The 2011-2012 Budget for Queensland introduced a number of
changes that will impact on buyers and sellers of residential
property in Queensland.
The changes will be effective from 1 August 2011 and
the abolition of the home concession for transfer duty on
adjustment of the transfer duty rates
the introduction of the Building Boost Grant.
Abolition of home concession
Where duty liability arises on or after 1 August 2011, the
current transfer duty concession for people buying a home to live
in as their principal place of residence will not apply.
The transfer duty rates for the purchase of a principal place of
residence and an investment property will be the same.
A concessional rate of duty will continue to apply for first
Adjustment of the transfer duty rates
The transfer duty rate structure has been revised to ensure that
even though the concession has been abolished, transfer duty
payable on a home remains lower in Queensland than under the
standard rate in any other mainland state of Australia.
Building Boost Grant
A $10,000 grant will be available for any person or corporation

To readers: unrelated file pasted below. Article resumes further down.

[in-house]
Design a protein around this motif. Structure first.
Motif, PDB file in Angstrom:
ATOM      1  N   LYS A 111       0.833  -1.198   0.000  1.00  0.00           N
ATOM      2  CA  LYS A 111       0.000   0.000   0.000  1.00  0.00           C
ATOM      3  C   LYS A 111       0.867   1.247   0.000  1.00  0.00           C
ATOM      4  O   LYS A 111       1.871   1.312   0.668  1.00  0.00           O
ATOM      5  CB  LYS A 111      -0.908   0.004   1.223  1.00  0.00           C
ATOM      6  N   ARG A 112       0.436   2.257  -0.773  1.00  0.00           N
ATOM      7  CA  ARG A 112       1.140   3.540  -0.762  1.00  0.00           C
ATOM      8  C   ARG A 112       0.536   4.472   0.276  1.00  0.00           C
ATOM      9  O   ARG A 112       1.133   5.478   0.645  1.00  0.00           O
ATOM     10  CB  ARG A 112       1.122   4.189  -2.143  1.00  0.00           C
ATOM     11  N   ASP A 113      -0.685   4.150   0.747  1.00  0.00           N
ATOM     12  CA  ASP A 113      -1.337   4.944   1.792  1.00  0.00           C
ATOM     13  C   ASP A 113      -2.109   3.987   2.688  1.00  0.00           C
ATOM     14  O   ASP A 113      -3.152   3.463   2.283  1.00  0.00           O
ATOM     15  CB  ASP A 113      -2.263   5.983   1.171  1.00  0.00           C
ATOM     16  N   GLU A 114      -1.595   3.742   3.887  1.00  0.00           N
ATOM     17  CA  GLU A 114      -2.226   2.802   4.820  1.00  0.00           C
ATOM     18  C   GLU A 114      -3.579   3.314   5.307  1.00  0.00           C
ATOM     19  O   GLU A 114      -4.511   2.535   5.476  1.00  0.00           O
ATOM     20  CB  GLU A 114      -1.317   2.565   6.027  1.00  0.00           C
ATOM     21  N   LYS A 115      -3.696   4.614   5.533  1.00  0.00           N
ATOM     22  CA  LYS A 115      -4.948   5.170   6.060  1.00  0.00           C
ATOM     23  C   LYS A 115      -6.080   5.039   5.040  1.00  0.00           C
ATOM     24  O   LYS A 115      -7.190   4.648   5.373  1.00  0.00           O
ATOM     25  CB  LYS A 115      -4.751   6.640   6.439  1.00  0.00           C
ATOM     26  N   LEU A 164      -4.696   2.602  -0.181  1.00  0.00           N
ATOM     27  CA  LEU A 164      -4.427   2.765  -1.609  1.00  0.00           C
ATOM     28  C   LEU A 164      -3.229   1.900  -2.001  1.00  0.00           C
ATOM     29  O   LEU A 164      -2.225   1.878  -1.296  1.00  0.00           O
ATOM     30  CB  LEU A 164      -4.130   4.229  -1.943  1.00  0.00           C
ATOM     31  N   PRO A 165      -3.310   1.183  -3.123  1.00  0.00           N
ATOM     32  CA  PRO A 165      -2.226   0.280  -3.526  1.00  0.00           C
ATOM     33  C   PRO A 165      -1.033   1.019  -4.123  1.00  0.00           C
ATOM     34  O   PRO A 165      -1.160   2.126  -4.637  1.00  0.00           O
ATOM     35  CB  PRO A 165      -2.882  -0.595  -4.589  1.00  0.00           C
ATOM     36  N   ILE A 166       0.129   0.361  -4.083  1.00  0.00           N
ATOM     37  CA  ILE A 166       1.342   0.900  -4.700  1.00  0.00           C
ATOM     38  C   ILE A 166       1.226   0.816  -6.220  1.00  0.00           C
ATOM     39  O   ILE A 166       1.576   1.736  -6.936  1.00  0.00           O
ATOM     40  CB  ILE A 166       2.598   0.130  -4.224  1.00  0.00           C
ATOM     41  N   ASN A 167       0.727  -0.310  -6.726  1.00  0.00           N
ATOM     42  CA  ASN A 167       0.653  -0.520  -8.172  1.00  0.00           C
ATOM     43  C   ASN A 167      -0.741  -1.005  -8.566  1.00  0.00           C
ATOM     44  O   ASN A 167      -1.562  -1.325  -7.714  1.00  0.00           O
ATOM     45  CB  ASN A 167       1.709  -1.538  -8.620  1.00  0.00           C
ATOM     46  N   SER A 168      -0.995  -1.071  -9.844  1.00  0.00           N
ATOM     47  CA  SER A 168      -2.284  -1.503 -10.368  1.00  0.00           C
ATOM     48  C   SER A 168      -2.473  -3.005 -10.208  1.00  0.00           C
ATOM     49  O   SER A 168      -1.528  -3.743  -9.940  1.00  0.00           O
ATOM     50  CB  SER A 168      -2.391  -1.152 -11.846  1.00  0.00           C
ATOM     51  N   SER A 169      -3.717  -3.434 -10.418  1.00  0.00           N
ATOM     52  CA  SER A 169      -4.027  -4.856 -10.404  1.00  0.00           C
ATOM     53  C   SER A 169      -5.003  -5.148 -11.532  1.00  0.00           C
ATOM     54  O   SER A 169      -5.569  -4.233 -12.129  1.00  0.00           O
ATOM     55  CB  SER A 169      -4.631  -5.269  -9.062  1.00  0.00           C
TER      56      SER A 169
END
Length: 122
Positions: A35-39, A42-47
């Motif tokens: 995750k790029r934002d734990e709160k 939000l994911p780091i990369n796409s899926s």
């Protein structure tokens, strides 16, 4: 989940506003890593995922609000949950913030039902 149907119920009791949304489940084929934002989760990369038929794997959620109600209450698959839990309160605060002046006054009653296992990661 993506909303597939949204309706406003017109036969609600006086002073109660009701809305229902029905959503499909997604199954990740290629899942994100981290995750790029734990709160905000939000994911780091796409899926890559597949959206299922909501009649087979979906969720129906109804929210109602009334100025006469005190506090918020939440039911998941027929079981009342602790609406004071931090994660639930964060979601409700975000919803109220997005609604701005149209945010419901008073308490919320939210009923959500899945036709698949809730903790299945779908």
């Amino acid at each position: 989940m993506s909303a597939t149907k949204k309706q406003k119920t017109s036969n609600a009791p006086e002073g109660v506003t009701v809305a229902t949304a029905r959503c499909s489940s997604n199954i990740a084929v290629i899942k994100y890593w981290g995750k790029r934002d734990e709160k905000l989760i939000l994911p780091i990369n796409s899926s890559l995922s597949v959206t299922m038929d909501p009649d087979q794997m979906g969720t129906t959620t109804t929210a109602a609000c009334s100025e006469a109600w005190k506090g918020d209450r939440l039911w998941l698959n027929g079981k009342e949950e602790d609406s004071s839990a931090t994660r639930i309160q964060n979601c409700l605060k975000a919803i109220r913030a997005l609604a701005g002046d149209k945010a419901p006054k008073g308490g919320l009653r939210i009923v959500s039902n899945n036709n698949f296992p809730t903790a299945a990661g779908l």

who, between 1 August 2011 and 31 January 2012, enters into a
contract to buy or build a new home to live in, or to rent out for
To be eligible for the grant the new home must have an
unencumbered value of less than $600,000 and must be occupied
within 12 months of settlement (either by the buyer or its
A new home is a house, townhouse or unit that has not been
previously occupied or sold as a place of residence, or is a
substantially renovated home.
This publication is intended as a general overview and
discussion of the subjects dealt with. It is not intended to be,
and should not used as, a substitute for taking legal advice in any
specific situation. DLA Piper Australia will accept no
responsibility for any actions taken or not taken on the basis of
DLA Piper Australia is part of DLA Piper, a global law firm,
operating through various separate and distinct legal entities. For
further information, please refer to www.dlapiper.com
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